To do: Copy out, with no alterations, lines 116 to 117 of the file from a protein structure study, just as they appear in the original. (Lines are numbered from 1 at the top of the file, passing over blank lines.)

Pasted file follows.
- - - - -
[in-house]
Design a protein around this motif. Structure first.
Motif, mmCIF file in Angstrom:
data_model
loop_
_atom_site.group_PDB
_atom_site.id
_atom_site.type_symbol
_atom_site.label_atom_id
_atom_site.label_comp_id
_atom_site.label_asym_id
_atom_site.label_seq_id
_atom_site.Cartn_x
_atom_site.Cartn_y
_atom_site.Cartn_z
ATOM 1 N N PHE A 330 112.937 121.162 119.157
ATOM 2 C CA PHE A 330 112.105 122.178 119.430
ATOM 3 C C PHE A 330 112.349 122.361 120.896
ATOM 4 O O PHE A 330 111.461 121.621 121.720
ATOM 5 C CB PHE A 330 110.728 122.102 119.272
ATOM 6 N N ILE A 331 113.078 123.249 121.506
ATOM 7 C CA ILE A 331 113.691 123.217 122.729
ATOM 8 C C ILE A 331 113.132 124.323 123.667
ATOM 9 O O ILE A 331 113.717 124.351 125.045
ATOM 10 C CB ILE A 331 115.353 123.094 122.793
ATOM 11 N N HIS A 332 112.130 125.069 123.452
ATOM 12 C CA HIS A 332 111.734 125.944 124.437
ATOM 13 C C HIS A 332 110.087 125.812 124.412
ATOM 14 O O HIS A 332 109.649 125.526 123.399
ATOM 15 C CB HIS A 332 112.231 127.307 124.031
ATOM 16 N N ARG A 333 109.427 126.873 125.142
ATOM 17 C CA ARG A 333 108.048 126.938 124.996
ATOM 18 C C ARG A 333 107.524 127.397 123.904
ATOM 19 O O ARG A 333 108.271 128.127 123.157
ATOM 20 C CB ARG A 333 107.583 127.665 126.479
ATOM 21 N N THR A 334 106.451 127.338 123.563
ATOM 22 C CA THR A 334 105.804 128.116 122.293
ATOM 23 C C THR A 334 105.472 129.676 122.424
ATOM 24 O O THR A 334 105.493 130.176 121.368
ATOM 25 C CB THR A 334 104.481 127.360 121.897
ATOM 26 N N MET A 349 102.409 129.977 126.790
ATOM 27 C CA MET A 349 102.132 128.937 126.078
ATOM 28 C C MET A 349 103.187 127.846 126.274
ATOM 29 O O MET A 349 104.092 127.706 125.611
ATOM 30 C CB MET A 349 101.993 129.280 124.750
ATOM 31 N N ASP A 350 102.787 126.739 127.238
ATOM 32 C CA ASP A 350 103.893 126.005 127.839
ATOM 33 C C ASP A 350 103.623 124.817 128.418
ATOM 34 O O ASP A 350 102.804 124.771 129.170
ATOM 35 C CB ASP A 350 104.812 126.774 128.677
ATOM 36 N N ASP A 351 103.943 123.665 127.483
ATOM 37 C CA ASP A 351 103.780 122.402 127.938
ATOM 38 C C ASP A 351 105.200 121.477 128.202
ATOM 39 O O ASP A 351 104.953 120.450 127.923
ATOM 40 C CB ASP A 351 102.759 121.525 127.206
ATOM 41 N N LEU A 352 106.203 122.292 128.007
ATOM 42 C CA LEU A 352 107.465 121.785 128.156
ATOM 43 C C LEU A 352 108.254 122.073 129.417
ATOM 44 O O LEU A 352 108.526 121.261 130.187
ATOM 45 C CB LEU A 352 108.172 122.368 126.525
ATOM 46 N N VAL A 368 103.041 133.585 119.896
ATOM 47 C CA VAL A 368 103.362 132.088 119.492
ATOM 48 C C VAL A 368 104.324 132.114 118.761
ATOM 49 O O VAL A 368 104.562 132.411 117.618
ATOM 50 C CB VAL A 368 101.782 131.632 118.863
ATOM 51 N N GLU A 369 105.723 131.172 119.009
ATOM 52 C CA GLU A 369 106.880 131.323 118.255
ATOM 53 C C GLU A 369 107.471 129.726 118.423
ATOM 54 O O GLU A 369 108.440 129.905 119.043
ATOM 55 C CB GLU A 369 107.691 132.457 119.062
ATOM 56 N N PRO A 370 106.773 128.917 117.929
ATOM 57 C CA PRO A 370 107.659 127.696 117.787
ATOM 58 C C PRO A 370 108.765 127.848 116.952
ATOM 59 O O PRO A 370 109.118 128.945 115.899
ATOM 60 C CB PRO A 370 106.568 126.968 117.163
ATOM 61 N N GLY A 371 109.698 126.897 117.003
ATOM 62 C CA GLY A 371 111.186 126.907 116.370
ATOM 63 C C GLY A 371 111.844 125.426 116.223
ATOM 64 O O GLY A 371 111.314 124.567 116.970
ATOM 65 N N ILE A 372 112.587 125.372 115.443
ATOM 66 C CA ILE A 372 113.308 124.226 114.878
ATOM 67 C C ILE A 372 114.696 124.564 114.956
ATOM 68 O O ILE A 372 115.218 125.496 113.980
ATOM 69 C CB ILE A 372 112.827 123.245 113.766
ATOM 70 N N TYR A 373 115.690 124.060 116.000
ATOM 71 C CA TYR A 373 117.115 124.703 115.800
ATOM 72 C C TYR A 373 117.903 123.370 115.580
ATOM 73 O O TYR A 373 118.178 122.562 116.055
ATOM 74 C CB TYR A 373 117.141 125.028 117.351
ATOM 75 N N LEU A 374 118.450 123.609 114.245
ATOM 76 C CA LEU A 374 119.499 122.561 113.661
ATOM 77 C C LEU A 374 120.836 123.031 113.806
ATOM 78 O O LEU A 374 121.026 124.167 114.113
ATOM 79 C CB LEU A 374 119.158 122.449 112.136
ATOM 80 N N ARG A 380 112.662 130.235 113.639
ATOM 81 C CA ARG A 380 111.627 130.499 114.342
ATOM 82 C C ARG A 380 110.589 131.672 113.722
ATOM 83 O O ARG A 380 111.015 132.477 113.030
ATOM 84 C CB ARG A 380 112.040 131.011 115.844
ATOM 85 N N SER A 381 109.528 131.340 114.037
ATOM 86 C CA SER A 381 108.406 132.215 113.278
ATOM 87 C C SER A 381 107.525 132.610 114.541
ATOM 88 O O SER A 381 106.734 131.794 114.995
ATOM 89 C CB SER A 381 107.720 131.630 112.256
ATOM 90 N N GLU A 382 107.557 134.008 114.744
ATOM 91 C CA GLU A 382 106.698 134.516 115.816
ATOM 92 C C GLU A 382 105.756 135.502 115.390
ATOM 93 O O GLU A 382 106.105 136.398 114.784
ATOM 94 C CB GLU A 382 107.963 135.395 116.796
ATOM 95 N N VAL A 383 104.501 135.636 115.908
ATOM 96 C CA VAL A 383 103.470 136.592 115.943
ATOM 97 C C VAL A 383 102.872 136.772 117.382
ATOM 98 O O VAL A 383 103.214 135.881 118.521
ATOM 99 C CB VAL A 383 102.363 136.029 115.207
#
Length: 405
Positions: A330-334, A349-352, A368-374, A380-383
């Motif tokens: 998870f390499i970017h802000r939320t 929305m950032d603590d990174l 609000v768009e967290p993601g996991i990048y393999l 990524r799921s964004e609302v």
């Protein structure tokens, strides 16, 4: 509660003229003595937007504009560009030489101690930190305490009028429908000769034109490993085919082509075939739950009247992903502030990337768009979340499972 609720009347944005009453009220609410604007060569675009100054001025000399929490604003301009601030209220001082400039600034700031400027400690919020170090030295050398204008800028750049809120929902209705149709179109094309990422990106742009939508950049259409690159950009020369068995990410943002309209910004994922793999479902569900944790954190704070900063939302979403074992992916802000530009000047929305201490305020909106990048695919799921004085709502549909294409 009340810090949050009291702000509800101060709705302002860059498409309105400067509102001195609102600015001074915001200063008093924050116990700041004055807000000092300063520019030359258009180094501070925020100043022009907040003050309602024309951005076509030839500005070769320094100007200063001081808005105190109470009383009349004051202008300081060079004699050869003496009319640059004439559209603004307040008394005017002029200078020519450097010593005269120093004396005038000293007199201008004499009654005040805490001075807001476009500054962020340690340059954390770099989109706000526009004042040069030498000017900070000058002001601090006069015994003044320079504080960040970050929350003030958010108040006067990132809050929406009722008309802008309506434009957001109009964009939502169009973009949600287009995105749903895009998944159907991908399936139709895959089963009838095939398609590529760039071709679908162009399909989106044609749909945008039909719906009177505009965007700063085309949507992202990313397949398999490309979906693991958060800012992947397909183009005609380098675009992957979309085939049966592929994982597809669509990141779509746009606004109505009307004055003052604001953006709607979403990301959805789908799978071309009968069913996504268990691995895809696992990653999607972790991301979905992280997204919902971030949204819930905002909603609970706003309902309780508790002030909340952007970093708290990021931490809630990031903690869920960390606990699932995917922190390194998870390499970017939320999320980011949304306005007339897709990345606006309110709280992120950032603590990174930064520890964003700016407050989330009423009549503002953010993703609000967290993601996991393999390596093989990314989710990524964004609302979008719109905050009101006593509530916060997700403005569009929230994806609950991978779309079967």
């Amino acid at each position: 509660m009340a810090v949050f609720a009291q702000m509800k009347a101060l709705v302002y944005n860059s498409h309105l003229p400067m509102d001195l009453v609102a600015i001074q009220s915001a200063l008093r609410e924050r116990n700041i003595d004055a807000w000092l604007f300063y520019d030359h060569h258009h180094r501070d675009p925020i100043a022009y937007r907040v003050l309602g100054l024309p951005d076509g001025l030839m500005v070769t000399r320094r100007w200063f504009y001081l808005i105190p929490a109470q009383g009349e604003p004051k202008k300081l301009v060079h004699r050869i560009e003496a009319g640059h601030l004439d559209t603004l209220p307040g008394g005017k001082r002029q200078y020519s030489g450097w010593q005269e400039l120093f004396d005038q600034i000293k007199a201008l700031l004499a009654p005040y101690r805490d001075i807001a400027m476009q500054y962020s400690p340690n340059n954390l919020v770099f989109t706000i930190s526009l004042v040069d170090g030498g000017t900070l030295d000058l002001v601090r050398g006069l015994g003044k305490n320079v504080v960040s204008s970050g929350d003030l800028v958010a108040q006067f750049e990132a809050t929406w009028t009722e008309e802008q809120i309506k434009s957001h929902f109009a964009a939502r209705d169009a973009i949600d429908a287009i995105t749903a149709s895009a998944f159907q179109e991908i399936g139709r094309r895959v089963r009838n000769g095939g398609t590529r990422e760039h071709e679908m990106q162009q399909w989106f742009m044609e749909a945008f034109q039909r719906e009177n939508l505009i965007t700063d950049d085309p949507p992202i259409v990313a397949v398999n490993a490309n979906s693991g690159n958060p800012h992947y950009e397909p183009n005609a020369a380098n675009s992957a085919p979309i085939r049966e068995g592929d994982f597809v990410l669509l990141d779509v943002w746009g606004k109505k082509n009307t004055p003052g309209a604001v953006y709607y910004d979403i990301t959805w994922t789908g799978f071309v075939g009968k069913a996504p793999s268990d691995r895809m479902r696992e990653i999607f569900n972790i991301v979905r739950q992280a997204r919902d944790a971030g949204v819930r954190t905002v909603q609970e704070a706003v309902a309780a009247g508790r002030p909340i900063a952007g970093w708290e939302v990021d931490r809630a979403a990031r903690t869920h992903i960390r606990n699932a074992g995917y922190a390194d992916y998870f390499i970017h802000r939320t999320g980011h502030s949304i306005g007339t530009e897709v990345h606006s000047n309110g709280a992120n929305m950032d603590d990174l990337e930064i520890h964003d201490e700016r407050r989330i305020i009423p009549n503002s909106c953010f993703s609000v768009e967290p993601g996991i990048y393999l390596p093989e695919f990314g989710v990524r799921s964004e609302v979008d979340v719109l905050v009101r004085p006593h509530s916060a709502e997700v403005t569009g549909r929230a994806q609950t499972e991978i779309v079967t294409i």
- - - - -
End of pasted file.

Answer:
Length: 405
Positions: A330-334, A349-352, A368-374, A380-383